2. The "interview" tie. Sure, everyone should have one. I guess one could also make it a "uniform" tie for daily office wear. Incidentally, my "#2" tie is the same as my "#1" tie being in the Army and all. But I do still have to wear a suit on occasion and need a requisite tie for it.

    3. and 4. I think the minimalist could combine those categories. Coming from Scottish stock, as I do, I would happily employ my clan tartan tie for either "fun" or "casual" wear. But it is kind of boring to only have one. Maybe we could go seasonal here, like a madras or knit tie for summer and a wool or tweed tie for winter. Or in my case, Ancient Mackay in the warm months and Modern Mackay in the cold months.

    If you really want to go minimal, I suspect something like a navy or burgundy grenadine could cover 2, 3, and 4. An Argyll and Sutherland Highlander regimental stripe could probably pull it off too, albeit in a super preppy way - traditional enough for #2 and colorful enough for #3 or 4.
  11. I have one black tie and one black/ gray
    no wedding or novelty ties at all
    no casual ties
    The rest in my closet are mostly Brooks brothers, solid colors or rep mostly. Plus some patterns and dots. 2 paisley i wear with a blazer.
    not sure exactly how many total
  12. When I retired took most of my ties to the thrift shop. Might have a dozen left, but that is overkill. In the last 2.5 years I've worn a tie three times.
  13. Doc4

    Doc4 Moderator Emeritus

    Coming from similar stock, I can see your point. And yes, the Ancient tartans generally have a much lighter colour tone so work much better in summer. But the look of a thick woolen tie seems more a "winter" vibe than a "summer" one to me.
  14. The Knize

    The Knize Moderator Emeritus

    I agree that it is hard to pull off any woolen tie I have seen in the summer. Tartan pattern cotton neckties do exist.

    I used to like Madras ties, but I do not seem to wear them anymore. I guess I am not wearing any Seersucker these days either.

    Are we talking exclusively long ties here? I have not liked bow ties in the past, but am getting kind of a hankering to wear some.
  15. Doc4

    Doc4 Moderator Emeritus

    Good question.

    I think this discussion could apply equally well to either. "The only 4 bowties you ever need" sort of thing.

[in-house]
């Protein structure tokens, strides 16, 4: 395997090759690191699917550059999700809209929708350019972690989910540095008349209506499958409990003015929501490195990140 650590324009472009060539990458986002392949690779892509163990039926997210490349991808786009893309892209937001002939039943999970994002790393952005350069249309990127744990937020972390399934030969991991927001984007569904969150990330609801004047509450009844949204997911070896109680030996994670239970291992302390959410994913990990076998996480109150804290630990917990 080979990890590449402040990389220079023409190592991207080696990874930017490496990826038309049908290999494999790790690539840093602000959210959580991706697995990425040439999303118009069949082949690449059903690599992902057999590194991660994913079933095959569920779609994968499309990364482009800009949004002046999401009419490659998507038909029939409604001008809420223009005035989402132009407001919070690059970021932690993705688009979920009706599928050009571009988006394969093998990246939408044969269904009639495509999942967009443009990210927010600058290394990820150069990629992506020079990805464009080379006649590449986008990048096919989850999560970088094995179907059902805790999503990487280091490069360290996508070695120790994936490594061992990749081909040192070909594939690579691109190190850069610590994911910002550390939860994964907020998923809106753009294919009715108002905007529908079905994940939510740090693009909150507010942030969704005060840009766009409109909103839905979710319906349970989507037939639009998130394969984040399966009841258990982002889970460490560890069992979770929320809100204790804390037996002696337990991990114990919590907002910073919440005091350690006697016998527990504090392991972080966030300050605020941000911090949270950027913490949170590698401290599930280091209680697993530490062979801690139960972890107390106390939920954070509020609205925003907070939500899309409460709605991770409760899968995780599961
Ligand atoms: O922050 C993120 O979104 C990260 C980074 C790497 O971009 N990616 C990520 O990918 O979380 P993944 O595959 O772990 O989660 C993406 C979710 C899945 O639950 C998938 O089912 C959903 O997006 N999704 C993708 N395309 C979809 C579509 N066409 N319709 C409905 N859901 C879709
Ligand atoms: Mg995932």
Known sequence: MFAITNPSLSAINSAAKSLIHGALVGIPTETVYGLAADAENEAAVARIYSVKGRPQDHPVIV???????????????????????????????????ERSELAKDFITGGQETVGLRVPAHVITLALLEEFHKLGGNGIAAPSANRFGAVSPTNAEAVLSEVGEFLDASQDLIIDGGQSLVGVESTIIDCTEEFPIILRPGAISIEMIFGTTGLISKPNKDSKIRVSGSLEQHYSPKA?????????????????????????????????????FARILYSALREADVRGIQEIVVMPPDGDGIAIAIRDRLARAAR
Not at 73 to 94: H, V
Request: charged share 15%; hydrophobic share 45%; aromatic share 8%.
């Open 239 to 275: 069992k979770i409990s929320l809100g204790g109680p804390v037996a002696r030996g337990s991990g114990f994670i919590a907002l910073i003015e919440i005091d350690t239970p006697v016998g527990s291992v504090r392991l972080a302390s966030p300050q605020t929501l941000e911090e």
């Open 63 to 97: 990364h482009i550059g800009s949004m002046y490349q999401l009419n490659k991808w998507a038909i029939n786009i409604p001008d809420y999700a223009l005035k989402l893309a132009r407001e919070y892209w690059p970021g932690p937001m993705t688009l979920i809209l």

Even though I'm a dedicated bow-tie-wearer at this point, I would still feel a bit odd wearing a bow tie to a funeral. I guess the "tuxedo" connotations are just too strong with the black bow tie, for me. So my personal solution would be to have the one black "long" tie and the other three as bow ties.
  16. That's a good point. I agree with you that tartan ties are not ordinarily the best choice for summer wear, particularly absent an affiliation with the tartan. However, I believe it is a very personal choice that has a lot of meaning for me. The significance of the tartan countermands the normal rules about what to wear and when. Furthermore, the ancient tartan tie in my closet is of sufficiently lightweight wool and tight weave that it doesn't look thick and chunky or out of place with warm weather fabrics. So, yes, I would wear (and have worn) that tie to weddings and other family celebrations in the warm weather months. And if I were somehow restricted to only one "fun" tie, that would most definitely be it.
  17. Doc4

    Doc4 Moderator Emeritus

    I agree.

    Now, there are a lot of tartans out there, other than clan tartans, that are not of similar emotional significance. Every Canadian province has a tartan, and there are lots of others out there too but ... I won't give them the same weight as clan tartans.

    So for a Scot, his clan tartan would be an acceptable "only one tie ever" solution. Likewise, I would afford the same exception to a current or retired member of a British Regiment wearing the regimental tie. I suppose there could be other examples of where a similar exception could be appreciated by the larger populace. And since I'm not The Necktie Police, I don't have the definitive list.

  18. The Knize

    The Knize Moderator Emeritus

    The foregoing tartan analysis sounds good to me.

    I know you are a big bow tie fan, Doc4. I agree that bow tie would be awkward at a funeral.

    I am still not convinced re a black long tie for anything. I am sure that at the age we are getting to, there are going to be more and more funerals until we are each the honored guess. I suppose I should start paying attention to what folks are wearing.